Since the Boston real estate market hasn’t really caught up with the slump, it’s not surprising that Akamai will be breaking its lease to move out of the Cambridge block that it shares with Forrester and the MIT Laboratory for Computer Sciences. No word yet on the new location, but the $15 million termination fee to MIT has to be good news to the school… at least until it’s time to find someone else to move in.
The crash I was experiencing before when updating department names multiple times has gone. I think the lesson is that you need to either update an array in a plist with an array of the same length, or to change it to zero length and write the new array.
Shortly after I posted my last cry of despair over random crashing, I downloaded a new example AppleScript Studio project that contained a Cocoa string replacement method, rather than the one I had been using before which toggled AppleScript’s text delimiters back and forth. Making the switch cost me nothing in execution time and appears to have eliminated the crashing bug. I had to alter the Cocoa method so that it wasn’t doing case insensitive searching, but otherwise easy as pie. Next one… crashing when updating the department list.
On a tip from a mailing list, I tried a change to Manila Envelope this morning to see whether I could stop an intermittent crashing bug. The change may have stopped the crashes, but unfortunately it also screwed up the text being posted quite badly. Apologies to all who were confused by posts on the page (or in the RSS) that said something like: “tMcWrldTky,pplennuncedBluetthsupprtfrtheMc”.
For the record, if your script is designed to convert accented characters to HTML entities, it’s a bad idea to convert them to Unicode first. It apparently converts them down to regular unaccented characters rather than their proper Unicode entities. When you search and replace on a regular vowel, this is what you get…
The latest from Userland… full New York Times headlines in Radio UserLand. Having previously subscribed to Times feeds from NewsIsFree, I can only guess at the technical differences. Dave has been talking for days now about new drivers to allow Radio’s news page to pick up non-RSS XML-based news sources. My guess is Dave made an agreement with the Times to allow Userland to syndicate an existing XML format there and gave Radio the ability to read it. I think (but am not sure) that this is different from the way NewsIsFree works.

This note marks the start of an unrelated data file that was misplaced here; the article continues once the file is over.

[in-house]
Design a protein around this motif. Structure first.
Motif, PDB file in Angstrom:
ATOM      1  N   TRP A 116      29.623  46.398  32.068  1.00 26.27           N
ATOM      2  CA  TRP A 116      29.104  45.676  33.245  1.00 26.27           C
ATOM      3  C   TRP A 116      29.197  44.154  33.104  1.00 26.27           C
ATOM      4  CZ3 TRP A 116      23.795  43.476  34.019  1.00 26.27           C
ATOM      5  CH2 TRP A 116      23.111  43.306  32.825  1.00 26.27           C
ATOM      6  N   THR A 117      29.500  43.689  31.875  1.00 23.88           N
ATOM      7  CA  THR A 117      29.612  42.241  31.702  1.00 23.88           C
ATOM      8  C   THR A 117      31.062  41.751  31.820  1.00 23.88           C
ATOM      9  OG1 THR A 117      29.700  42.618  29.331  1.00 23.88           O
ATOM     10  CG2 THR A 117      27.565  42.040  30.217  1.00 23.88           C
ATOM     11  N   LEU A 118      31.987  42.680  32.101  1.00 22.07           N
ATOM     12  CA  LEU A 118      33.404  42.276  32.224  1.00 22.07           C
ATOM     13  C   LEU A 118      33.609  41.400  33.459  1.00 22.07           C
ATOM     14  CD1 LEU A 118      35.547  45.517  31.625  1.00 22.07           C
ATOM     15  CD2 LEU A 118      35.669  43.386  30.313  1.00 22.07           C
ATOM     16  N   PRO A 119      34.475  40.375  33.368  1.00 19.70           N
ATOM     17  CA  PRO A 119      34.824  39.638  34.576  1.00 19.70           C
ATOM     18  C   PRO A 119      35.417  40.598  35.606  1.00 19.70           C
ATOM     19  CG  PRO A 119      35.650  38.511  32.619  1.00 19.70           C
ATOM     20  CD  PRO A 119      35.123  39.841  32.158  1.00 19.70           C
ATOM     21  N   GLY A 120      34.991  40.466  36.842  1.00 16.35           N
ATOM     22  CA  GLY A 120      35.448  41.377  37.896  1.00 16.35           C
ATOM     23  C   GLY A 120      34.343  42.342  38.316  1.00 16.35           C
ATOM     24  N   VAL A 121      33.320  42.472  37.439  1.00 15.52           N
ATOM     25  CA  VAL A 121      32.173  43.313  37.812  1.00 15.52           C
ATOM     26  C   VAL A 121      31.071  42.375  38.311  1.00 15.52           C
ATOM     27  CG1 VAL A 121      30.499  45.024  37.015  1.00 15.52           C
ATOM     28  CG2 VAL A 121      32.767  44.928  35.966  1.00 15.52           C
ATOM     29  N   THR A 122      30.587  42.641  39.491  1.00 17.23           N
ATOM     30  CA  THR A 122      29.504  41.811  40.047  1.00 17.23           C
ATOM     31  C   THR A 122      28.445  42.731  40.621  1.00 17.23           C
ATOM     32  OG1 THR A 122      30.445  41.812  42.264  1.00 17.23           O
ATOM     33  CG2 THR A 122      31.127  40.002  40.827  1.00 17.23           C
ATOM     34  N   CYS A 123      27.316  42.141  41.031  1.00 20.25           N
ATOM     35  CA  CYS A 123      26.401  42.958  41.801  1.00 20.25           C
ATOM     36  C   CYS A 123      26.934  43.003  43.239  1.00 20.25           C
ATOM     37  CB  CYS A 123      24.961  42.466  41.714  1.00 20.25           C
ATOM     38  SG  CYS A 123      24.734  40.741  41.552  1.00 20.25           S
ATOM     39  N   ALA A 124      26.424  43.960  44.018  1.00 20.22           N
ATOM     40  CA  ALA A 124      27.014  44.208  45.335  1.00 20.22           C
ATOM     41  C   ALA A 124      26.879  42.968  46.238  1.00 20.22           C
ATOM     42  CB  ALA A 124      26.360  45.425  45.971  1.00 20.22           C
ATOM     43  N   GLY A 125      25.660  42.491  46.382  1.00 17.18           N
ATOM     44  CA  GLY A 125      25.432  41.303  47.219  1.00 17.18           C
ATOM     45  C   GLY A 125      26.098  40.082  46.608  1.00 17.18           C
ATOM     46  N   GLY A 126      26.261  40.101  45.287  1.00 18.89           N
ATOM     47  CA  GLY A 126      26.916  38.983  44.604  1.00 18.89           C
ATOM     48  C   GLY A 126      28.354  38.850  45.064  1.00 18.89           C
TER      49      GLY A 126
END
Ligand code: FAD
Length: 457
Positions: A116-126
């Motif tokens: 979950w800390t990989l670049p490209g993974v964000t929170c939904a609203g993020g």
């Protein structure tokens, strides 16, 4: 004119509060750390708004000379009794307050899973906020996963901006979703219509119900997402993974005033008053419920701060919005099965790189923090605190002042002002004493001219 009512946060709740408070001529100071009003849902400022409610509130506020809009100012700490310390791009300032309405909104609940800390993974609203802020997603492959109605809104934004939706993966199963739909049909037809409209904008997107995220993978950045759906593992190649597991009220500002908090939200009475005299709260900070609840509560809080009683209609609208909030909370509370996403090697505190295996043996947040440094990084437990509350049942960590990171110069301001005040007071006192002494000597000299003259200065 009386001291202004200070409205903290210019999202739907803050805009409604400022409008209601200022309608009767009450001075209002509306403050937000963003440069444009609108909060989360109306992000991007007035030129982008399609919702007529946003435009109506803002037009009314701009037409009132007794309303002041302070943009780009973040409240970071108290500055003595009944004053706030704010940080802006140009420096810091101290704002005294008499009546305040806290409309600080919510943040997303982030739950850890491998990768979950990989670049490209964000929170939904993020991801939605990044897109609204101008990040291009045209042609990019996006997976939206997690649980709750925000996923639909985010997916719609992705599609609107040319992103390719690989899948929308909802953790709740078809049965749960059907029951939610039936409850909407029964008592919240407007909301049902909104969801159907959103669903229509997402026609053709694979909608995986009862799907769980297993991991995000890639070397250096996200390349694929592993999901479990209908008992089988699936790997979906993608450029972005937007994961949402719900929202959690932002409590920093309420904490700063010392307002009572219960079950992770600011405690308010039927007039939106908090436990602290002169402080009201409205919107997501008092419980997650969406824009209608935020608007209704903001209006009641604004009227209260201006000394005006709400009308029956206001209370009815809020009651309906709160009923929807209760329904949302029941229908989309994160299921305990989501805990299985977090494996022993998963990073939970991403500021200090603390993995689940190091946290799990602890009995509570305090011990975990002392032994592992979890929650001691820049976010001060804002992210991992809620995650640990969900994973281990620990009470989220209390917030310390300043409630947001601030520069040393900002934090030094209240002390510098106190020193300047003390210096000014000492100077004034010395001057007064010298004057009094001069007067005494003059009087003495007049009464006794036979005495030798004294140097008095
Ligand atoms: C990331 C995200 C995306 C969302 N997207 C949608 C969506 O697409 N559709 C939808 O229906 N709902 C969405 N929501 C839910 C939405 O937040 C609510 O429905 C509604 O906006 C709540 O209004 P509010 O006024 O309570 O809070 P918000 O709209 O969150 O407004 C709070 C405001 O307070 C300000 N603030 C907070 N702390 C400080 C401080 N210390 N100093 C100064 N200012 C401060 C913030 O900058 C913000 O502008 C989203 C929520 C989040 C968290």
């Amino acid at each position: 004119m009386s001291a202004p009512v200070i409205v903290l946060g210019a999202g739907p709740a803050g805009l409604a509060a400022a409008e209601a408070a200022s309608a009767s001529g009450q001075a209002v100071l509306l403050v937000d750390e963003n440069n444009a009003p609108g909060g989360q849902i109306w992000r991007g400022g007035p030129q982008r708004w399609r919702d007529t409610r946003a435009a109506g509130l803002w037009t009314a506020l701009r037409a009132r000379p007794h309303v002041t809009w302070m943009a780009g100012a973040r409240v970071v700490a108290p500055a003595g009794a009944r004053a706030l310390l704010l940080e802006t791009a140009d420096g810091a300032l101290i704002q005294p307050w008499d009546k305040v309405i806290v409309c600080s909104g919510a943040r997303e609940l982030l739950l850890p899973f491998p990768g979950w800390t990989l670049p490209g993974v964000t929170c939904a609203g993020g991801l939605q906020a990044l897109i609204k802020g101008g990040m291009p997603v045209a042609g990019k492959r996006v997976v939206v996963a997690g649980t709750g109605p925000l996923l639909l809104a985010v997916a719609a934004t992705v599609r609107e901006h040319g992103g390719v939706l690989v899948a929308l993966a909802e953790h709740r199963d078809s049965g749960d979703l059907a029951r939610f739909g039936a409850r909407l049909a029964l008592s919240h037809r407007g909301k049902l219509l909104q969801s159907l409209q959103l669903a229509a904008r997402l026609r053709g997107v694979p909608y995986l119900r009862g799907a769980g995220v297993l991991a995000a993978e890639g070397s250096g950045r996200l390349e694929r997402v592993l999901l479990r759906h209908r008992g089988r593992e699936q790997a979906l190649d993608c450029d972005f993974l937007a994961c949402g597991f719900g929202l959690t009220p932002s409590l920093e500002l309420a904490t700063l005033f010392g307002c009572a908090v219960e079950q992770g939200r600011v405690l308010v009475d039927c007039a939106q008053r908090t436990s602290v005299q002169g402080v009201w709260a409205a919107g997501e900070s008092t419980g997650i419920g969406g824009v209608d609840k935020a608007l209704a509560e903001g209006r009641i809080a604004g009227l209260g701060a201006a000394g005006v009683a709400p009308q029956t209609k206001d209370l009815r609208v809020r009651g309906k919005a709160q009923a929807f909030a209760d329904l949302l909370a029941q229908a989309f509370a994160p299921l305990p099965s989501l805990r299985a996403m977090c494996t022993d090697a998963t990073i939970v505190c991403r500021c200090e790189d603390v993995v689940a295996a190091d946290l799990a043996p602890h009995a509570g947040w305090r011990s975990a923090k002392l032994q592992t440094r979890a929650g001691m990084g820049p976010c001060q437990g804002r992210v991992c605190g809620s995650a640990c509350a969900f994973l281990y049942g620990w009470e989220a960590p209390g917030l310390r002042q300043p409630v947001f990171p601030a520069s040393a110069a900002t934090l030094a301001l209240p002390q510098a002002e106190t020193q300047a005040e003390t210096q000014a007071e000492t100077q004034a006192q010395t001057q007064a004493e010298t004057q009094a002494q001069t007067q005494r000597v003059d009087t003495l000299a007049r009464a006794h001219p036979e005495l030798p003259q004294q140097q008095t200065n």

From a qualitative perspective? NewsIsFree’s feeds don’t include bylines; their opinion feed doesn’t include letters to the editor. Their feeds appear to be more selective and differently formatted.
Is Dave competing with NewsIsFree? Not in the professional market; their response to my story about syndication makes that pretty clear. But what is he doing? Userland’s not about content, it’s about providing pipes for content. The New York Times feeds appear to be the demo for this new Radio capability.
Spring break is here. I’m taking the advice of one of my professors; in a group meeting yesterday, she told us, “You all look really tired. Go home and get some sleep.” Yes ma’am. Well, some sleep and some EV Nova…
The new version of OmniOutliner2OPML, v. 1.0.2, has been released. It now produces something that looks like conformant XML–attributes of an <outline> element are now within the base tag, and outline elements without children are closed inline with an “/>”. If you have an OPML compatible application, I’d appreciate hearing if you can parse output from my script.